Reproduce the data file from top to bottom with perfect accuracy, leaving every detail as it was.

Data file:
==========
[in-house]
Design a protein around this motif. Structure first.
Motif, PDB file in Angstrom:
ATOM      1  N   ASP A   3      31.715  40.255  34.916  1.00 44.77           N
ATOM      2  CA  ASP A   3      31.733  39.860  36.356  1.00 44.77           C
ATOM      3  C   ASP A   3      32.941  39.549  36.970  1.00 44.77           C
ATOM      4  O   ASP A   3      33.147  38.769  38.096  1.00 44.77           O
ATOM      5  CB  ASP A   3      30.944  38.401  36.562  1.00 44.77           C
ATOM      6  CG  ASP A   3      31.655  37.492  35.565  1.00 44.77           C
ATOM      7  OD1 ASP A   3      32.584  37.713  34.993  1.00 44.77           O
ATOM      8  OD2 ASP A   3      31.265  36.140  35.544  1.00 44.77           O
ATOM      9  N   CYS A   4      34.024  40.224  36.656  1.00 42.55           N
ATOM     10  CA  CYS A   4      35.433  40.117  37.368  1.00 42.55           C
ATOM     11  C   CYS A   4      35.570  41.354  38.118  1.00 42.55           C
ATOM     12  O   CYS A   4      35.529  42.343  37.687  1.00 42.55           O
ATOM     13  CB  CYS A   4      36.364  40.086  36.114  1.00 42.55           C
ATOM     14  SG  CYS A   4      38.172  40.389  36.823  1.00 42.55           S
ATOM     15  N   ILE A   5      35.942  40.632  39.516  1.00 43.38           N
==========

[in-house]
Design a protein around this motif. Structure first.
Motif, PDB file in Angstrom:
ATOM      1  N   ASP A   3      31.715  40.255  34.916  1.00 44.77           N
ATOM      2  CA  ASP A   3      31.733  39.860  36.356  1.00 44.77           C
ATOM      3  C   ASP A   3      32.941  39.549  36.970  1.00 44.77           C
ATOM      4  O   ASP A   3      33.147  38.769  38.096  1.00 44.77           O
ATOM      5  CB  ASP A   3      30.944  38.401  36.562  1.00 44.77           C
ATOM      6  CG  ASP A   3      31.655  37.492  35.565  1.00 44.77           C
ATOM      7  OD1 ASP A   3      32.584  37.713  34.993  1.00 44.77           O
ATOM      8  OD2 ASP A   3      31.265  36.140  35.544  1.00 44.77           O
ATOM      9  N   CYS A   4      34.024  40.224  36.656  1.00 42.55           N
ATOM     10  CA  CYS A   4      35.433  40.117  37.368  1.00 42.55           C
ATOM     11  C   CYS A   4      35.570  41.354  38.118  1.00 42.55           C
ATOM     12  O   CYS A   4      35.529  42.343  37.687  1.00 42.55           O
ATOM     13  CB  CYS A   4      36.364  40.086  36.114  1.00 42.55           C
ATOM     14  SG  CYS A   4      38.172  40.389  36.823  1.00 42.55           S
ATOM     15  N   ILE A   5      35.942  40.632  39.516  1.00 43.38           N